|Torii at the Itsukushima Shrine|
|Torii at the Shimogamo Shrine|
|Torii at Nikko Toshogu|
A "bird perch" or torii, marks for followers of the Shinto faith the division of a sacred place from the everyday world around it. Torii have been erected at the edge of Shinto shrines for hundreds and hundreds of years, and are referenced in text as far back as 922.
I myself have little knowledge of Shinto, or of Buddhist temples, where torii are also sometimes encountered, but I think of torii with some awe, and not just because of their often tremendous size. What impresses me most about torii is not their grandeur or their long history, but instead what they don't possess. I think often about what a torii doesn't have. I have no doubt that those who erect torii are highly dilligent, as the placement of torii in such extreme locations as near the summit of Mount Fuji or in a sandbar of an island would attest to. And thus I don't think that it was through simple neglect that those who have erected torii and maintained them for centuries declined to provide a depiction of a bird. Multitudes of torii, from monumental to nearly minute in stature, in wood and in stone, all across Japan, and no bird. No one decided to raise a bird perch and place on its top a divine bird statue.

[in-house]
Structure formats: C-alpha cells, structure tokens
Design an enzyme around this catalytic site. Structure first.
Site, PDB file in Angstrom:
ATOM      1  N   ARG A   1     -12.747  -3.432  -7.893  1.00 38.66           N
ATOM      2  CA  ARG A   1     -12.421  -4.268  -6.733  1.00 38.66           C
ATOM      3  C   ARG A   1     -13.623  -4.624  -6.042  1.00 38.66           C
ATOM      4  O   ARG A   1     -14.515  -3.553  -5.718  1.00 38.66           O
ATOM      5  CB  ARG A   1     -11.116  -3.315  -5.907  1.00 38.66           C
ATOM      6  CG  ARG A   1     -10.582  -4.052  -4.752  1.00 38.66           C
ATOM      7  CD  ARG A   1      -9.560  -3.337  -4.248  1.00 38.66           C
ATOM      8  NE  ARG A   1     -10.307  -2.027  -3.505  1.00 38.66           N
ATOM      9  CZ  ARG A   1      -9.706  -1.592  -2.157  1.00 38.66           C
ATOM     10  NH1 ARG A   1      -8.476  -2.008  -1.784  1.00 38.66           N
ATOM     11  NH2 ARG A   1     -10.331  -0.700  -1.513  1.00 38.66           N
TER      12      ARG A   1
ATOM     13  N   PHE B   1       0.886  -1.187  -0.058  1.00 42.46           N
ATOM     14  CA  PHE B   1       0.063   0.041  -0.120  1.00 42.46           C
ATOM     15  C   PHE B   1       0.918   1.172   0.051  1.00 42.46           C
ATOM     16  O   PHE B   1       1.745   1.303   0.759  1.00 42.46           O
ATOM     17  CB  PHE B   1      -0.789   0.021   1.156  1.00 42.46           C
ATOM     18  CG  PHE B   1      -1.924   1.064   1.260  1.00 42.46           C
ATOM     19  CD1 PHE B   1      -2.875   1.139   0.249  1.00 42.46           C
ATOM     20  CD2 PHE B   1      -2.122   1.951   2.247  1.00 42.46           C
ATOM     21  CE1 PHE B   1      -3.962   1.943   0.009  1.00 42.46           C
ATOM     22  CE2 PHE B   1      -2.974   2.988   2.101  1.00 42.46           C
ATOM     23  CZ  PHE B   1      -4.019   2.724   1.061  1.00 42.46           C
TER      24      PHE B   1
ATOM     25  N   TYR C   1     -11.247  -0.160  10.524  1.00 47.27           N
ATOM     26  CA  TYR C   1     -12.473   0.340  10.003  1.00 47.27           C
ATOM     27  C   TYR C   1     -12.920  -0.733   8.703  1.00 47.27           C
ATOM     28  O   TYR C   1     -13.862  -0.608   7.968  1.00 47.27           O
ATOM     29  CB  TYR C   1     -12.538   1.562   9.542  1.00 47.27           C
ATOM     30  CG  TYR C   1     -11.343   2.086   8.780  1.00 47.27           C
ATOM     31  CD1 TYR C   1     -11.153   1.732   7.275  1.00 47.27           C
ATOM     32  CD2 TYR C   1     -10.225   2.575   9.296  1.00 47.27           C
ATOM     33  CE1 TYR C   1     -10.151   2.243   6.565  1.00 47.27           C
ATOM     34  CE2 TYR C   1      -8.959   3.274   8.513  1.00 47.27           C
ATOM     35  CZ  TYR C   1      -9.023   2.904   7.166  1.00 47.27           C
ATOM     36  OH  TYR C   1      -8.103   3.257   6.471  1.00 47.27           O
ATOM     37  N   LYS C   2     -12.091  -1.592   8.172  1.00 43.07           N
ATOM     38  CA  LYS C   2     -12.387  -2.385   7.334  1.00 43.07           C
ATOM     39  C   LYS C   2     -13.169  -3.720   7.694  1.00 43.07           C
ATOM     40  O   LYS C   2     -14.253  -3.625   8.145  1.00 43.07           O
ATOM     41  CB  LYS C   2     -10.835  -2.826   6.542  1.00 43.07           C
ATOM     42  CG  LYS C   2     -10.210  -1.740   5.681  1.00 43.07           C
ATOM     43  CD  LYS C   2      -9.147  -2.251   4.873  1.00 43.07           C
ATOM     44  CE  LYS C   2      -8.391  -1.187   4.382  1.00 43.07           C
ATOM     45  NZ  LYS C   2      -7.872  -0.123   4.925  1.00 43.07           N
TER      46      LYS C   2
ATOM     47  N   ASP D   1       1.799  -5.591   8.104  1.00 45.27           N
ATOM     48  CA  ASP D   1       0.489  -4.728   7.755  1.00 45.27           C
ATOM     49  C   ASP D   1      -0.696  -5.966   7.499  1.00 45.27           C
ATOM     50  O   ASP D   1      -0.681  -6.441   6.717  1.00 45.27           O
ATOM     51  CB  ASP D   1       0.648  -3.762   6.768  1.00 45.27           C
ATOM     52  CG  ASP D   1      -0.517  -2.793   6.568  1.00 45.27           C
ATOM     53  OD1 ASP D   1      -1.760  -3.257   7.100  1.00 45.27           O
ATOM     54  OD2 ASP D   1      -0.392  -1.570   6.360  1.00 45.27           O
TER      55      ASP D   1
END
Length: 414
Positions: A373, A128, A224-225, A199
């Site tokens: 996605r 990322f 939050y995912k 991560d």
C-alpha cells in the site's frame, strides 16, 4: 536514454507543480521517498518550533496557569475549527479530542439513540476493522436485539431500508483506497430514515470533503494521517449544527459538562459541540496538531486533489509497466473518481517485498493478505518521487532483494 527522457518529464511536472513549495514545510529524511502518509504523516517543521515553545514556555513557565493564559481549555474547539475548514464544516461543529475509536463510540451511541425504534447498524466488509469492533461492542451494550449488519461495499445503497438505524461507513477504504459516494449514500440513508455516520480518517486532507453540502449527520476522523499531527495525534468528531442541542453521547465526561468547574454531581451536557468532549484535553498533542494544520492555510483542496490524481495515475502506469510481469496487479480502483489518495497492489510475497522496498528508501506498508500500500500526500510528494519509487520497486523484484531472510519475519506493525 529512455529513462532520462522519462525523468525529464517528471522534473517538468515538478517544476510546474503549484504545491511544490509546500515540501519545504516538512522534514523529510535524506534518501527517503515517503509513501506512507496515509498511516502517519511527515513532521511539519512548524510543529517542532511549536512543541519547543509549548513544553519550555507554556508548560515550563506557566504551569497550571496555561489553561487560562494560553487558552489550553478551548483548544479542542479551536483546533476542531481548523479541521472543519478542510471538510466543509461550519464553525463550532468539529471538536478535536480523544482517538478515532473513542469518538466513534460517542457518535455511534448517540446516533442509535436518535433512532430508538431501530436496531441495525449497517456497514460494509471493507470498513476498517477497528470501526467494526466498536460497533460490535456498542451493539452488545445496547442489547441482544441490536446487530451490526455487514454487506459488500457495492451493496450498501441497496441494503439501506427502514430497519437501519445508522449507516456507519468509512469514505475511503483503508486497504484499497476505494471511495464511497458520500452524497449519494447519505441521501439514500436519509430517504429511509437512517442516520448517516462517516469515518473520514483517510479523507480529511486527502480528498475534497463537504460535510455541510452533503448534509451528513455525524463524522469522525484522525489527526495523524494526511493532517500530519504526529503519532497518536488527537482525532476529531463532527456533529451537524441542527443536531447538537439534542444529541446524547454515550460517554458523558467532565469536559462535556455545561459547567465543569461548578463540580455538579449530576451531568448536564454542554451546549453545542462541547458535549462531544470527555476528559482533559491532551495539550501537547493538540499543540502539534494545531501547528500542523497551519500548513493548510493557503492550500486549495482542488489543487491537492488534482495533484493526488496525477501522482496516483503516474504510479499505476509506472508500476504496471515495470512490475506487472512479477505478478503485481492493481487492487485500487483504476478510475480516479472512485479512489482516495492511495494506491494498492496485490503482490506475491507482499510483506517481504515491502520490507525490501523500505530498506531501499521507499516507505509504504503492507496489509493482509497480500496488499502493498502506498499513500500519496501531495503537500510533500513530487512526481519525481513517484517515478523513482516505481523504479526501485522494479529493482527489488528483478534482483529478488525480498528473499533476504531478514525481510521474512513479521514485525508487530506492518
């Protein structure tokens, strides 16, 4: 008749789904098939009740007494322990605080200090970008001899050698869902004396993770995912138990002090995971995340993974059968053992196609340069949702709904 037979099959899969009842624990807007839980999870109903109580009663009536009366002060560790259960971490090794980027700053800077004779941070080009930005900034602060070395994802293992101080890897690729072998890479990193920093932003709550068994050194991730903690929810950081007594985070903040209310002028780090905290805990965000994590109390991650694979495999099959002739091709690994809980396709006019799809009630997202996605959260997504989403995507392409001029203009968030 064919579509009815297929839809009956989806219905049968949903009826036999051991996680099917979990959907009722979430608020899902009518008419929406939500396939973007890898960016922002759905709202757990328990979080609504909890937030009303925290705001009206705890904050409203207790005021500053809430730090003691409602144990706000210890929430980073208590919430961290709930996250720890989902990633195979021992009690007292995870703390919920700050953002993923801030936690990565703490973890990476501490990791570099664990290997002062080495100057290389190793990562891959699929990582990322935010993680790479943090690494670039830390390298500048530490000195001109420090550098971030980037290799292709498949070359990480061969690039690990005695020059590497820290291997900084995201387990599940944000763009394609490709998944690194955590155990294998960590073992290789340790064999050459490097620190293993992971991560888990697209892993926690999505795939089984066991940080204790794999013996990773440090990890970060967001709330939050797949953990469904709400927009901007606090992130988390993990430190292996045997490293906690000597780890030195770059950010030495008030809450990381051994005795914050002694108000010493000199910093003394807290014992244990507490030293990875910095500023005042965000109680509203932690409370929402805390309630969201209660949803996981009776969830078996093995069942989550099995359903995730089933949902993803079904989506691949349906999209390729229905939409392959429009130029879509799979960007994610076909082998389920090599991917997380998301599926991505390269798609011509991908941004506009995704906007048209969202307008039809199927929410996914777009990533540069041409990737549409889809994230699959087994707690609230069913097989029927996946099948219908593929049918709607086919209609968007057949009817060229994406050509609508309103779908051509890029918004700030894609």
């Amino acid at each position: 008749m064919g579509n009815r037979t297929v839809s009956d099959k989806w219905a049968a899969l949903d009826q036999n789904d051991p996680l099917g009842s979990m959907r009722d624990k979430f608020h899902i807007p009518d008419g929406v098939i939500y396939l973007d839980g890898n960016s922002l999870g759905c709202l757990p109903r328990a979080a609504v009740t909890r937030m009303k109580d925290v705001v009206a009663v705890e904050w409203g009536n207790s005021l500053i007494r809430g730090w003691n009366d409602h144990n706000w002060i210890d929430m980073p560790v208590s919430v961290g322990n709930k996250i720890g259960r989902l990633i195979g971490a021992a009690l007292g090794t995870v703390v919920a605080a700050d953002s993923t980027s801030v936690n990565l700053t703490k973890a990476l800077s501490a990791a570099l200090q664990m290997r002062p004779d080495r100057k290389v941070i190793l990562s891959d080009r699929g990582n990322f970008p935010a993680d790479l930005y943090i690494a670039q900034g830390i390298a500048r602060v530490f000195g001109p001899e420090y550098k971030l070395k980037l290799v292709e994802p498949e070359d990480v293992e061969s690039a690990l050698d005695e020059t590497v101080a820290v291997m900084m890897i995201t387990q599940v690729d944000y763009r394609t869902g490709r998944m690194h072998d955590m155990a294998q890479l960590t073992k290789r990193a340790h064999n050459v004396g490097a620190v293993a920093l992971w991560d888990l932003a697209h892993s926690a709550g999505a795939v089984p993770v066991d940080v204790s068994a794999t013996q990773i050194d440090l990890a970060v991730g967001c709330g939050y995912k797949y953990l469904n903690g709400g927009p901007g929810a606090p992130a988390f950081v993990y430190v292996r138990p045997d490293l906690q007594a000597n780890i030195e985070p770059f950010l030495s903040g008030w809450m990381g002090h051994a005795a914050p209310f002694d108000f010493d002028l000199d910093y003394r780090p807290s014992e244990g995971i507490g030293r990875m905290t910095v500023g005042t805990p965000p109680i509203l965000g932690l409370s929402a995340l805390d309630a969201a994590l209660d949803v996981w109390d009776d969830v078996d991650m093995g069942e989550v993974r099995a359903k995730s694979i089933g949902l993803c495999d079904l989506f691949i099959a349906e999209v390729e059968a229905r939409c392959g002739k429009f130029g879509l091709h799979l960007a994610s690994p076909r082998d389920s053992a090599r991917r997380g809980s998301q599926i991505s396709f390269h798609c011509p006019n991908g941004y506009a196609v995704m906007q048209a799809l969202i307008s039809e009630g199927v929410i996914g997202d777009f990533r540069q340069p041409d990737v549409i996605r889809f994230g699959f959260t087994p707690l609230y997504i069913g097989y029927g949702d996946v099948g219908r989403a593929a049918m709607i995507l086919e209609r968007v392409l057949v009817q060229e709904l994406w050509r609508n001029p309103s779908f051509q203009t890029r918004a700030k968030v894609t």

Which is interesting, when you think about it. Because it might have gone a different route. There might instead have been an attempt by artisans over a thousand years to craft an idealized form of bird depiction.
|A statue of the Egyptian god Horus, in the collection of The Metropolitan Museum of New York|
Or if bird depiction had been proscribed, as sometimes happens with the sacred, perhaps the very word torii would itself have become the subject of artistic enhancement.
But within the tradition of torii craftsmanship, which includes many formal variations, there are no idealized birds. If a bird comes to sit on a sacred bird perch it is a real bird, in real time, and it may only be there for a sort while, until it flies away.
No idealization. No thought to trying to define and depict the perfect. Nothing captured in one place and set for all time and forever.
Think about it. No perfect bird. No 100 points. No saying "The greatest birds are the ones that fly above Raveneau's vineyards. Those are the greatest birds in the world. Other birds can fly, but it isn't the same." No globe trotting hunt for the most valuable bird by collectors bent on possessing it, a la The Maltese Falcon. No imitation fakes of the one true special bird, again a la The Maltese Falcon.
I like a conception of the special that allows for change in the specifics. In this season there might be this type of wine, just as there might be grey birds in the sky, but in another season we might have in this same place another type of wine, just when you begin to see the white birds alight again against the sun.
I don't know of a better way to reconcile the notion of a sacred place with our own view, in the moment of a gaze.